Group 7 (racing)

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Group 7 was a set of regulations for automobile racing created by the Commission Sportive Internationale (CSI), a division of the modern Fédération Internationale de l'Automobile.

There were two distinct sets of Group 7 regulations:

  • Group 7 two-seater racing cars (1966 to 1975)
  • Group 7 international formula racing cars (1976 to 1981)

Group 7 two-seater racing cars (1966 to 1975)[edit]

A field of Group 7 cars participating in a Can-Am race in 1973

The FIA’s new Appendix J regulations for 1966 listed a category for “Group 9 two-seater racing cars” in its draft versions, but this was amended to “Group 7 two-seater racing cars” by the time of publication of the 1966 FIA Yearbook.[1] The new Group 7 regulations specified that cars must be fitted with fenders, windshield, two seats, two doors, headlights, taillights, rollbar, a dual braking system and a self-starter and that they must utilize commercial gasoline.[1]

Group 7 cars were defined as "two-seater competition vehicles built exclusively for speed races on closed circuit".[2] There was no minimum production requirement necessary to earn homologation. As such, the regulations allowed manufacturers and teams freedom to create unique racing cars with no limitations on engines, tires, aerodynamics, or dimensions, such that the car had room for two seats and was enclosed in bodywork. Races for Group 7 cars were generally short sprints, with few accommodations made for driver comfort.

Although the formula only existed for ten years, Group 7 was embraced by several series around the world, with the Sports Car Club of America running its United States Road Racing Championship for Group 7 cars from 1966 to 1968. Its Canadian-American Challenge Cup, better known as Can-Am, was also open to Group 7 cars from 1966 to 1974. In Europe, the Nordic Challenge Cup ran in 1969, replaced by the Interserie in 1970 before the series later adopted a Formula Libre format. Early editions of the Japanese Grand Prix were dominated by Group 7 cars built by Japanese manufacturers.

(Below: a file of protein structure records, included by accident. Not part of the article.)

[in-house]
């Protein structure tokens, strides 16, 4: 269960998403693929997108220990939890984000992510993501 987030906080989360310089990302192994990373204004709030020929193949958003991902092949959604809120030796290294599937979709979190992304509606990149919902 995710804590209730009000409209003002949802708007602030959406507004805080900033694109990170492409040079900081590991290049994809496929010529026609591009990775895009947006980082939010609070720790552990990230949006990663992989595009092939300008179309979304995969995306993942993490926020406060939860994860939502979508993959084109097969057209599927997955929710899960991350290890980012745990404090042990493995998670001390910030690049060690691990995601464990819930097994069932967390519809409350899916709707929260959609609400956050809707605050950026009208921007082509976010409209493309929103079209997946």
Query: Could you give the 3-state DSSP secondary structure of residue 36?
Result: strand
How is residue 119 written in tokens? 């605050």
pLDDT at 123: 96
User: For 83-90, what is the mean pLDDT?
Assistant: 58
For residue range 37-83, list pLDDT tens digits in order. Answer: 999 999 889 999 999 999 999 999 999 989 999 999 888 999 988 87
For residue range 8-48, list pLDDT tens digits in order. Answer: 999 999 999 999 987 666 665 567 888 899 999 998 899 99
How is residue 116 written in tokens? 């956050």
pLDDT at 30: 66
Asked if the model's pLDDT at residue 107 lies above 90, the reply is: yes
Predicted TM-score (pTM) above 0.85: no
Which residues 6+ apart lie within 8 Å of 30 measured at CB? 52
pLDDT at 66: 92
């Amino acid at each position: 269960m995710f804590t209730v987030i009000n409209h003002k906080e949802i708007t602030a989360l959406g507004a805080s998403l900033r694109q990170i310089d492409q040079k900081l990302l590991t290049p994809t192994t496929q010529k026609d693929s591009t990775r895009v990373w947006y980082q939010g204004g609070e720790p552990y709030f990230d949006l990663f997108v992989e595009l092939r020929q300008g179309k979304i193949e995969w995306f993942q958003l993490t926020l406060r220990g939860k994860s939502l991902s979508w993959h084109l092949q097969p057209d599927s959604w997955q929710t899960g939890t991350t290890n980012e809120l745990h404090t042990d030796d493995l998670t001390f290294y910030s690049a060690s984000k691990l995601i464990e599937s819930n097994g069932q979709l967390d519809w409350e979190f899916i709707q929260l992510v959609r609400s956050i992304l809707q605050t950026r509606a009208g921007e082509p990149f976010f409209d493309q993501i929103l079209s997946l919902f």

Many manufacturers became involved in Group 7, with McLaren and Porsche building the most dominant cars in the category. Manufacturers Lola, Chaparral, Ferrari, BRM, Shadow, Nissan, Toyota, and Isuzu all built Group 7 cars, while big-block Chevrolet and Ford motors were the engines of choice throughout the world.

The formula was current through to 1975,[3] with two-seater racing cars defined under Group 6 regulations from 1976.[4]

Group 7 international formula racing cars (1976 to 1981)[edit]

From 1976 the FIA used the Group 7 designation for international formula racing cars.[4] The new Group 7 encompassed International Formulae Nos 1, 2 and 3,[4] better known as Formula 1, Formula 2 and Formula 3 respectively. It remained current through to 1981.[5]

References[edit]

  1. ^ a b Part 6: Is it 1966 Already? Finally!, atlasf1.autosport.com Retrieved on 29 October 2014
  2. ^ Appendix J to the International Sporting Code 1968, argent.fia.com Retrieved on 1 November 2014
  3. ^ Appendix J to the International Sporting Code 1975, argent.fia.com Retrieved on 1 November 2014
  4. ^ a b c Appendix J to the International Sporting Code 1976, argent.fia.com Retrieved on 1 November 2014
  5. ^ Appendix J to the International Sporting Code 1981, argent.fia.com Retrieved on 1 November 2014